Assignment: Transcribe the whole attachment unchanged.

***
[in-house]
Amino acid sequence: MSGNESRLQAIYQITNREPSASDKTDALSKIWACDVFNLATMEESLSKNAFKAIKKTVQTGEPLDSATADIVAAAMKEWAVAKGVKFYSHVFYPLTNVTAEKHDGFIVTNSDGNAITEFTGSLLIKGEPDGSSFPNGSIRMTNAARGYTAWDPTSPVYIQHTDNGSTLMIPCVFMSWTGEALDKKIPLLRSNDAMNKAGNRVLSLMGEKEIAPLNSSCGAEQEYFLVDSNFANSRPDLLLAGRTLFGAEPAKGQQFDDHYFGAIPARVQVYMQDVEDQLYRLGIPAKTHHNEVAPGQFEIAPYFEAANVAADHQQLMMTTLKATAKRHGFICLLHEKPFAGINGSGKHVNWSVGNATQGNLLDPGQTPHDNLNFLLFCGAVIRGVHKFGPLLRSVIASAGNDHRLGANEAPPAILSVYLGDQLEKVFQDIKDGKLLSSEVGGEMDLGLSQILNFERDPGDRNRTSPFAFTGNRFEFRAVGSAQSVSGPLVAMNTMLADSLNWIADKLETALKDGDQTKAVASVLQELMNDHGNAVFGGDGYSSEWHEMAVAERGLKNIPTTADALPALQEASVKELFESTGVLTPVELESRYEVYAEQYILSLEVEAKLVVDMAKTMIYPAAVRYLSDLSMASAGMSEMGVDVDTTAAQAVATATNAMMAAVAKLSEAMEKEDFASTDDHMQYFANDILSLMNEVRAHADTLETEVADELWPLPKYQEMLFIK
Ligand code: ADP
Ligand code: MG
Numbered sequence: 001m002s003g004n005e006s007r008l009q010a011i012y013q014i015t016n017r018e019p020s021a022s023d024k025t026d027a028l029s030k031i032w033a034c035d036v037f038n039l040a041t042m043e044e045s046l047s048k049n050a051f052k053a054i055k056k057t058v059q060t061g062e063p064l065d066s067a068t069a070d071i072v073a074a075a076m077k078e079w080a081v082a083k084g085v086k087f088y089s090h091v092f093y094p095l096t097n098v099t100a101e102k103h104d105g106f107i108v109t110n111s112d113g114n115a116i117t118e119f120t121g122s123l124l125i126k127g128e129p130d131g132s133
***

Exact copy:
[in-house]
Amino acid sequence: MSGNESRLQAIYQITNREPSASDKTDALSKIWACDVFNLATMEESLSKNAFKAIKKTVQTGEPLDSATADIVAAAMKEWAVAKGVKFYSHVFYPLTNVTAEKHDGFIVTNSDGNAITEFTGSLLIKGEPDGSSFPNGSIRMTNAARGYTAWDPTSPVYIQHTDNGSTLMIPCVFMSWTGEALDKKIPLLRSNDAMNKAGNRVLSLMGEKEIAPLNSSCGAEQEYFLVDSNFANSRPDLLLAGRTLFGAEPAKGQQFDDHYFGAIPARVQVYMQDVEDQLYRLGIPAKTHHNEVAPGQFEIAPYFEAANVAADHQQLMMTTLKATAKRHGFICLLHEKPFAGINGSGKHVNWSVGNATQGNLLDPGQTPHDNLNFLLFCGAVIRGVHKFGPLLRSVIASAGNDHRLGANEAPPAILSVYLGDQLEKVFQDIKDGKLLSSEVGGEMDLGLSQILNFERDPGDRNRTSPFAFTGNRFEFRAVGSAQSVSGPLVAMNTMLADSLNWIADKLETALKDGDQTKAVASVLQELMNDHGNAVFGGDGYSSEWHEMAVAERGLKNIPTTADALPALQEASVKELFESTGVLTPVELESRYEVYAEQYILSLEVEAKLVVDMAKTMIYPAAVRYLSDLSMASAGMSEMGVDVDTTAAQAVATATNAMMAAVAKLSEAMEKEDFASTDDHMQYFANDILSLMNEVRAHADTLETEVADELWPLPKYQEMLFIK
Ligand code: ADP
Ligand code: MG
Numbered sequence: 001m002s003g004n005e006s007r008l009q010a011i012y013q014i015t016n017r018e019p020s021a022s023d024k025t026d027a028l029s030k031i032w033a034c035d036v037f038n039l040a041t042m043e044e045s046l047s048k049n050a051f052k053a054i055k056k057t058v059q060t061g062e063p064l065d066s067a068t069a070d071i072v073a074a075a076m077k078e079w080a081v082a083k084g085v086k087f088y089s090h091v092f093y094p095l096t097n098v099t100a101e102k103h104d105g106f107i108v109t110n111s112d113g114n115a116i117t118e119f120t121g122s123l124l125i126k127g128e129p130d131g132s133